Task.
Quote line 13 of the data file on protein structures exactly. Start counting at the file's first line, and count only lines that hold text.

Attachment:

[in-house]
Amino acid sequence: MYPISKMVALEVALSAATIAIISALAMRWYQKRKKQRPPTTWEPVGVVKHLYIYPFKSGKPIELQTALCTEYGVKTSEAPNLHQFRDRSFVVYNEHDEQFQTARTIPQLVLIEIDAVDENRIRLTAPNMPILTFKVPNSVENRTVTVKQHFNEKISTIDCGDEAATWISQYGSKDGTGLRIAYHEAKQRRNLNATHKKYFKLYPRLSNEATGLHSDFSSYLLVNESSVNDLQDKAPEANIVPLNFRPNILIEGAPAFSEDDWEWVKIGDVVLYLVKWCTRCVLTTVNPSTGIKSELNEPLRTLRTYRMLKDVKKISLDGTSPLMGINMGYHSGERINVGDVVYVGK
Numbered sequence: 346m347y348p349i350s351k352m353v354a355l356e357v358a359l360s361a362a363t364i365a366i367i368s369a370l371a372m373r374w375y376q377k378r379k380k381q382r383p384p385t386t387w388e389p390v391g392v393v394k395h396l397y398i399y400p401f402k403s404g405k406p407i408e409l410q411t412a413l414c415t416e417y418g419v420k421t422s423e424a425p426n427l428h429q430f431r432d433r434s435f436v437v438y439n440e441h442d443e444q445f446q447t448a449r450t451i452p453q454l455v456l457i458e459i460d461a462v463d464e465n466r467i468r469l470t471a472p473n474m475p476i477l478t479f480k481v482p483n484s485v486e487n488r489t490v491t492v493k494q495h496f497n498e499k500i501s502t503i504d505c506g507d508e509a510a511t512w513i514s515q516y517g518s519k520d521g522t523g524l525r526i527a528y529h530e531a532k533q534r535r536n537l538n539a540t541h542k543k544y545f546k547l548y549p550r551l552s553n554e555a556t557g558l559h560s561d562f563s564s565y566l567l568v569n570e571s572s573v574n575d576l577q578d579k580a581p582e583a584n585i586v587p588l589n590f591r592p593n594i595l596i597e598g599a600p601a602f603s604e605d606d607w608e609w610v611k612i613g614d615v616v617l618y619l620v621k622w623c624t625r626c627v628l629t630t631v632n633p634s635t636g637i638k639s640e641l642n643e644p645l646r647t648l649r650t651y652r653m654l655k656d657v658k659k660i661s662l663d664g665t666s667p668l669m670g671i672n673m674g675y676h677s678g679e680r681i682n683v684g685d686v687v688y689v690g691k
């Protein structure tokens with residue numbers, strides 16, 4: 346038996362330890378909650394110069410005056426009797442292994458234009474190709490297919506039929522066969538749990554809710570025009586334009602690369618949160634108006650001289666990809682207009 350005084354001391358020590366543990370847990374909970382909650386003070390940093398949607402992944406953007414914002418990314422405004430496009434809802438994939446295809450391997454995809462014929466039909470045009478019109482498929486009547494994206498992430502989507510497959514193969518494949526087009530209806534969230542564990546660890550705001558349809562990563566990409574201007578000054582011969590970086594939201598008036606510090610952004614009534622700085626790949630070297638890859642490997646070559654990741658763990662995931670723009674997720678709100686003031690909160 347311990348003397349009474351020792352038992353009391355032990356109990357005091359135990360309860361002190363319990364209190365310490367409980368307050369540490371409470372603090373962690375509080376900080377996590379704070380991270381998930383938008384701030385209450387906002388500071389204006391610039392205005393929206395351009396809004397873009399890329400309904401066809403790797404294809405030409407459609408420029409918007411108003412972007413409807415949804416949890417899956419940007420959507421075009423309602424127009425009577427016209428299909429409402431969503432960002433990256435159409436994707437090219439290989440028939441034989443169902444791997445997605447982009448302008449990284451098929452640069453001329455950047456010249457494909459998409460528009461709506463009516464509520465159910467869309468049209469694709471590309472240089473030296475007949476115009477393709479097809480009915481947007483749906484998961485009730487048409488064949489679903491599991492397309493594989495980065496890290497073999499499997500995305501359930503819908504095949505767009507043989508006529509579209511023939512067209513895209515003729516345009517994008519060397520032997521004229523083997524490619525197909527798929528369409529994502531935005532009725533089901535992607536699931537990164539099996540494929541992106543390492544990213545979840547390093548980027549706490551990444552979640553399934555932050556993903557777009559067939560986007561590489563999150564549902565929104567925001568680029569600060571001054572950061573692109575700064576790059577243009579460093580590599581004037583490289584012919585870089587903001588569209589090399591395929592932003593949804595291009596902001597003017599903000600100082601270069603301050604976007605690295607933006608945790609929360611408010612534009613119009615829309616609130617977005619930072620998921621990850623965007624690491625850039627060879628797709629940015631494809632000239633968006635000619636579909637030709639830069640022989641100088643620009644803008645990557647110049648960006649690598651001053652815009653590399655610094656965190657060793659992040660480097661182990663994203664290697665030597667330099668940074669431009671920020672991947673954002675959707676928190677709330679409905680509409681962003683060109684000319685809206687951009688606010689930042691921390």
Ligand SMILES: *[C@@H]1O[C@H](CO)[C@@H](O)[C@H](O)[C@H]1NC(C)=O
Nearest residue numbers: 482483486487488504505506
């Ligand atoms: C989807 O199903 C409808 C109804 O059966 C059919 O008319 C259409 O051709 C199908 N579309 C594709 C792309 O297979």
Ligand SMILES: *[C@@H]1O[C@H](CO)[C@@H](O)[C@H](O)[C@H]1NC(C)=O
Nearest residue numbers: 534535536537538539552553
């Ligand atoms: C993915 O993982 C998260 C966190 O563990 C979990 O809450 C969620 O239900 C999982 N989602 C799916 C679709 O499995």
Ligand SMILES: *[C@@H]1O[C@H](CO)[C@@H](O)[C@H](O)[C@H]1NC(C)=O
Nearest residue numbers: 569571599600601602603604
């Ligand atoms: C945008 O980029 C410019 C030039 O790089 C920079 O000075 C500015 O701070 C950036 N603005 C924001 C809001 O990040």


């Ligand atoms: C945008 O980029 C410019 C030039 O790089 C920079 O000075 C500015 O701070 C950036 N603005 C924001 C809001 O990040």